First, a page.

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I want to sort on a MongoDB collection on some key in ascending order, and need the records that don't have the key to come last. e.g.

db.coll.find({}, {key: 1}).sort({key: 1})


{_id: 1}
{_id: 2, key: 1}
{_id: 3, key: 2}

but should give following instead:

{_id: 2, key: 1}
{_id: 3, key: 2}
{_id: 1}

Is there a way to do this with MongoDB?

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up vote 3 down vote accepted

Unfortunately mongoDB "when comparing values of different BSON types, MongoDB uses the following comparison order, from lowest to highest:" DOCS

  1. MinKey (internal type)
  2. Null
  3. Numbers (ints, longs, doubles)
  4. Symbol,String
  5. Object
  6. Array
  7. BinData
  8. ObjectID
  9. Boolean
  10. Date, Timestamp
  11. Regular Expression
  12. MaxKey (internal type)

When mongo generates the index it will include a null for those documents which has not got the key. You can do it with two queries, with using spare index for the first.

If you define a spare index on key field the sort will return only those which has value. This one will exclude the documents that has no key for it. DOCS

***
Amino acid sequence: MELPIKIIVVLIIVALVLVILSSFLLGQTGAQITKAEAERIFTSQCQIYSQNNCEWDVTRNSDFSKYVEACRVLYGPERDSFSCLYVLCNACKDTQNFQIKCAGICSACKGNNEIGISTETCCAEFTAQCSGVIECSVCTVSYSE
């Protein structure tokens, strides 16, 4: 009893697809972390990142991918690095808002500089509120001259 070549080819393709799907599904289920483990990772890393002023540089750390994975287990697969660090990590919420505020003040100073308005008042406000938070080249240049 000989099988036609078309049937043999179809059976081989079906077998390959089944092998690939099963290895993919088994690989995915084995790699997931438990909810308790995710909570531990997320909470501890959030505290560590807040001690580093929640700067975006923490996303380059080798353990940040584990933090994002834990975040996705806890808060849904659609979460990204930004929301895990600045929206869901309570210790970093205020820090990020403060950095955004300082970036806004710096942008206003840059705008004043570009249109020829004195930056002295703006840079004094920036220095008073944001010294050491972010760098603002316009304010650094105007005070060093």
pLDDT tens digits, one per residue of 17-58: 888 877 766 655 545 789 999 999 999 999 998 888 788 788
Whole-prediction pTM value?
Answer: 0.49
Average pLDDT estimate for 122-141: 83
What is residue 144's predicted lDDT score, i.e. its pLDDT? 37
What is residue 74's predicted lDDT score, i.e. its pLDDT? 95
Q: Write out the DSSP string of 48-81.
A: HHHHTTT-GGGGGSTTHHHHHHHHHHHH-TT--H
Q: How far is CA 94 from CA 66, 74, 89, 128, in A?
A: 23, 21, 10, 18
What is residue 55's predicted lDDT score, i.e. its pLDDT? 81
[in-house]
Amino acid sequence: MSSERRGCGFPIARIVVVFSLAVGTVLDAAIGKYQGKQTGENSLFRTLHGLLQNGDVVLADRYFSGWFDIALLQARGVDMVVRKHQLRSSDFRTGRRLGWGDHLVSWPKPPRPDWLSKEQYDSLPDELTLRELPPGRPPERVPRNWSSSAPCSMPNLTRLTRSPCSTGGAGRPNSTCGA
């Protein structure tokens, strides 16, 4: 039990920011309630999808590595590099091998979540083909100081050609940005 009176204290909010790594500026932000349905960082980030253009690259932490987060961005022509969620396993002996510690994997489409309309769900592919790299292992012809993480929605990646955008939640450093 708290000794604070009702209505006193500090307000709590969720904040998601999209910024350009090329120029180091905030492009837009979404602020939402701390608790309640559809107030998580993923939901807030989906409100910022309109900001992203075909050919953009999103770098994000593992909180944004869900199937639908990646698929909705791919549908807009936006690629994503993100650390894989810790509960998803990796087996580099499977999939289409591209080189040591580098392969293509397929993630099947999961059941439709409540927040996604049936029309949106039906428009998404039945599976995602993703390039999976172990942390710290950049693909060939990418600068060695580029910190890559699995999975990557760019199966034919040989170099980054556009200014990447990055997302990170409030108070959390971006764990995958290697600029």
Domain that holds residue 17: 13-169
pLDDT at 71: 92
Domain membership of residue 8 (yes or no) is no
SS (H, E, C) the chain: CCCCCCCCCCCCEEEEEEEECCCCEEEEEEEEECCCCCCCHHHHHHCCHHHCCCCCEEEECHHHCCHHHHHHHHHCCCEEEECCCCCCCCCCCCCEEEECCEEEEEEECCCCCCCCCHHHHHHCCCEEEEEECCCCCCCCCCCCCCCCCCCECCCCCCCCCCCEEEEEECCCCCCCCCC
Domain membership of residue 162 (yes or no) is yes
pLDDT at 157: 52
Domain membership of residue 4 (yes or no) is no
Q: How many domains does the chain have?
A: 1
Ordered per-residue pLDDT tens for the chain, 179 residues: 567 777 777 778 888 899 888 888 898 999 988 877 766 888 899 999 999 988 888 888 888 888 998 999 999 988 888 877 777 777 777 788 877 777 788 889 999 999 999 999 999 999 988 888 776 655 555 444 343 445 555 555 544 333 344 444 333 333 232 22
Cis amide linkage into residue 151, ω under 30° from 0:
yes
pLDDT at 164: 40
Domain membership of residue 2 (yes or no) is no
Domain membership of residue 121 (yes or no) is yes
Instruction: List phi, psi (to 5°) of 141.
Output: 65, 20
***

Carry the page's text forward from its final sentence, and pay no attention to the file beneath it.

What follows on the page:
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This is not possible. You will have to set "key" to the theoretically maximum value when you create the documents. Alternatively you can do two queries (one to get all where "key" exists sorted, and an optional other without the "key" set at all to complement your result set if needed). Usually the latter is not possible due to various business rule constraints.

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+1 Although not being so proficient that I dare go as far as saying "not possible", I can't see any reasonable/efficient way to do this. – Joachim Isaksson May 29 '13 at 9:22
It certainly isn't possible with a single native query. It is of course possible if you have no other requirements other than the correct result such as the two query solution I mentioned. That said in most environments not being able to do it quickly is effectively the same as it not being possible at all. – Remon van Vliet May 29 '13 at 9:52

This can probably be done using the aggregation framework but it would be rather painful. You would have to replace the missing keys with a marker value that is higher than the valid keys (easy by using a key of a type that sorts after the type of key you have, unless the keys are regexes), then sort the collection, then strip out the marker values.

It would be more efficient to do it in two regular queries using $exist.

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